Animal & Veterinary
CVM OFFICIALS ATTEND ICEID
FDA Veterinarian Newsletter September/October 2000 Volume XV, No. V
Drs. Marcia Headrick, Charlotte Spires, Kathy Hollinger, Charles Eastin (Division of Epidemiology) and Linda Tollefson (OSC), attended the recent International Conference on Emerging Infectious Diseases (ICEID). The conference was hosted by the Centers for Disease Control (CDC) and the American Society of Microbiology (ASM) in Atlanta, Georgia. There were several presentations and posters at the conference using National Antimicrobial Resistance Monitoring Program (NARMS) data. Oral presentations were given by Shannon Rossiter of CDC on "High prevalence of fluoroquinolone-resistant Campylobacter jejuni in the FoodNet sites" and by Fred Angulo of CDC on "Enterococci study: monitoring for the seeds of antimicrobial resistance in the food supply."
Posters on NARMS data included:
- Emergence of a multidrug-resistant strain of Salmonella serotype Newport in the United States -- NARMS 1997-1999
- Antimicrobial resistance patterns of Escherichia coli O157:H7 - NARMS 1996-1999
- Fluoroquinolone-resistance in Campylobacter from chicken and the human health impact: a quantitative risk assessment using data from FoodNet and NARMS
- Fluoroquinolone-resistant Campylobacter causes longer duration of diarrhea than fluoroquinolone-susceptible Campylobacter strains in FoodNet sites
- High prevalence of antimicrobial resistance among Shigella isolates to agents commonly used for treatment - NARMS 1999
- Phage type and antimicrobial resistance trends among human Salmonella serotype Typhimurium isolates in NARMS 1997-1998 - continued dominance of DT-104 R-type ACSSuT
- Emerging antimicrobial resistance among human Salmonella isolates to clinically important antimicrobial agents -- NARMS 1996-1999
Following is an abstract presented by Dr. Katherine Hollinger:
Fluoroquinolone Resistance in Campylobacter from Chickens and Human Health Impact; A Quantitative Risk Assessment using FoodNet and other sources of Data
K. Hollinger1, M. Bartholomew1, D. Vose2, M. Miller1, S. Thompson1, D. Vugia3, T. Fiorentino4, J. Benson5, J. Johnson6, K. Smith7, E. DeBess8, F. Angulo9, and the EIP FoodNet Working Group9
1FDA, Rockville, MD; 2D. Vose Consultancy, Ltd., Dordogne, FRANCE; 3California Dept. of Health Services, Berkeley, CA; 4Connecticut Emerging Infections Program, New Haven, CT; 5Georgia Emerging Infections Program, Decatur, GA; 6Maryland Dept. of Health and Mental Hygiene, Baltimore, MD; 7Minnesota Dept. of Health, Minneapolis, MN; 8Oregon Health Div., Portland, OR; 9CDC, Atlanta, GA
Background: Emerging antimicrobial resistance, due to use of antimicrobials, is a public health concern in human and animal medicine worldwide. Animals serve as reservoirs for many foodborne pathogens, including Salmonella and Campylobacter. Antibiotic resistant organisms may be present in or on animals as a result of drug use. These resistant foodborne pathogens can contaminate a carcass during slaughter or processing. When these resistant bacteria cause illness in a person who needs treatment, medical therapy may be compromised if the pathogenic bacteria are resistant to the drug(s) used for treatment. Fluoroquinolones are effective against most bacterial enteric pathogens and are often used to treat Campylobacter infections. Campylobacter is the predominant bacterial cause of enteric infections. Fluoroquinolones were approved for treatment of colibacillosis in poultry in 1995. The FDA Center for Veterinary Medicine (CVM) developed a risk assessment model that evaluates the risk of fluoroquinolone resistant Campylobacter infections from consumption of chicken that are attributed to use of fluoroquinolones in chickens.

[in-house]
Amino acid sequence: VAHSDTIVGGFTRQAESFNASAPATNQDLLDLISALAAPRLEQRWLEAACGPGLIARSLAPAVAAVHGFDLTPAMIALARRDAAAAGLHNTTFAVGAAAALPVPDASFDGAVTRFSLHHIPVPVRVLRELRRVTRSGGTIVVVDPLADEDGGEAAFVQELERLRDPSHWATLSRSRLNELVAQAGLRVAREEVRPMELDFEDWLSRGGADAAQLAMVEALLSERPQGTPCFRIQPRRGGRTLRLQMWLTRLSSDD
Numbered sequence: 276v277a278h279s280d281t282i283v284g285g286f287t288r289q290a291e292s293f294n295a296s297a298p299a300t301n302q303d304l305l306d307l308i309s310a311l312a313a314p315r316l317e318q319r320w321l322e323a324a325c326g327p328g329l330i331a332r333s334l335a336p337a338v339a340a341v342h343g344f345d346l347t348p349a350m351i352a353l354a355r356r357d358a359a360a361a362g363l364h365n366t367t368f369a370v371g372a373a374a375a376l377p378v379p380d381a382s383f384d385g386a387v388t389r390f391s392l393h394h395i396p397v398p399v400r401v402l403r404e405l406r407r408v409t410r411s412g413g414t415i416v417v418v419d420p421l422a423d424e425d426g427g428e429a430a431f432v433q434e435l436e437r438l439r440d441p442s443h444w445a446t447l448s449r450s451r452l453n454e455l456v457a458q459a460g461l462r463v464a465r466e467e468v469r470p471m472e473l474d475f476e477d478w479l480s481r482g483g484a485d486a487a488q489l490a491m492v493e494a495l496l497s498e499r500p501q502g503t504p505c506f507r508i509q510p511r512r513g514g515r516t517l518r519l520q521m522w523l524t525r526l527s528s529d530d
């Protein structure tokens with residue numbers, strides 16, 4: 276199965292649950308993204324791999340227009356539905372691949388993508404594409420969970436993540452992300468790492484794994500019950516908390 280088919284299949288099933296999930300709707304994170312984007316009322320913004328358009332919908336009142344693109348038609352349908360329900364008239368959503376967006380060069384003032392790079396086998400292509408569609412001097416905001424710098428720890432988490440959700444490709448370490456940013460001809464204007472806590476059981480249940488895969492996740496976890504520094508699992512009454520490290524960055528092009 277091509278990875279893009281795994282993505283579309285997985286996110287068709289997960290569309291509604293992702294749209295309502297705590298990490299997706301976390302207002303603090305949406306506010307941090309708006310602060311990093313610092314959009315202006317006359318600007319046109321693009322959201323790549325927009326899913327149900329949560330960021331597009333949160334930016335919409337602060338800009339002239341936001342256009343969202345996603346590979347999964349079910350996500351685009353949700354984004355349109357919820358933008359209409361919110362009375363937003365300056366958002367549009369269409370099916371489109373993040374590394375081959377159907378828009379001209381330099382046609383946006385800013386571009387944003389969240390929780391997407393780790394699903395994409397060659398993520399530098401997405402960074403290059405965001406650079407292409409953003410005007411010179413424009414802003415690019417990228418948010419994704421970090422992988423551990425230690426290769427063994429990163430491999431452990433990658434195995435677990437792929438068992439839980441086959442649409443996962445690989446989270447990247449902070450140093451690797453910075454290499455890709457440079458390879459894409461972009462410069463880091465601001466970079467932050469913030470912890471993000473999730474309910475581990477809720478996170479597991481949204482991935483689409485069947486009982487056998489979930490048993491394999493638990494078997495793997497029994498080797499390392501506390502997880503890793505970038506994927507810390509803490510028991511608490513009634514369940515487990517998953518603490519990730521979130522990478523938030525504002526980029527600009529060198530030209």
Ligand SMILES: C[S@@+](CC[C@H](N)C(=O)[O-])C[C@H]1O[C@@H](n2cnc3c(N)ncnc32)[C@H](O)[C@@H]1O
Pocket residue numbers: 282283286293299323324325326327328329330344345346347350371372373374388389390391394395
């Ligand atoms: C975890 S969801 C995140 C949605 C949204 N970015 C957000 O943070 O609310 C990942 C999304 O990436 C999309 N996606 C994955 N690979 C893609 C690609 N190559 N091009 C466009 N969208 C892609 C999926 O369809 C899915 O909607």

Methods: A mathematical model was developed to relate the prevalence of resistant Campylobacter infections in humans, due to consumption of chicken, to the prevalence of resistant Campylobacter in chickens. The model uses data from recently initiated surveillance systems (FoodNet and NARMS) that monitors incidence of foodborne disease, and prevalence of fluoroquinolone resistance, as well as data from the published literature.
Results: The model estimates a mean of 2 million cases of Campylobacter for 1998 in the US. Approximately 50 to 70 percent of Campylobacter infections were attributed to exposure to chicken. Of these chicken associated infections seeking care and receiving treatment, 55 percent received a fluoroquinolone. An estimated 5000 people (5 –95 percent confidence interval 2600 to 8600) became ill with a fluoroquinolone resistant Campylobacter infection associated with consuming chicken and received fluoroquinolones for their illness. The risk assessment also described data gaps and data limitations and gives detailed assumptions where data were lacking.
Conclusions: This risk assessment indicates that approximately five thousand people who are ill with fluoroquinolone resistant infections could be treated with a fluoroquinolone and that treatment is potentially compromised due to resistance. Surveillance data can be used to update the model annually and will indicate changes in level of resistance and incidence of campylobacteriosis. These changes may reflect alterations in food animal production, processing or may indicate changes in bacterial virulence or a change in the susceptibility of the human population. Forecasting potential changes in level of resistance in chickens could provide a means to mitigate the human health impact.
Dr. Katherine Hollinger is an Epidemiologist in CVM’s Division of Epidemiology.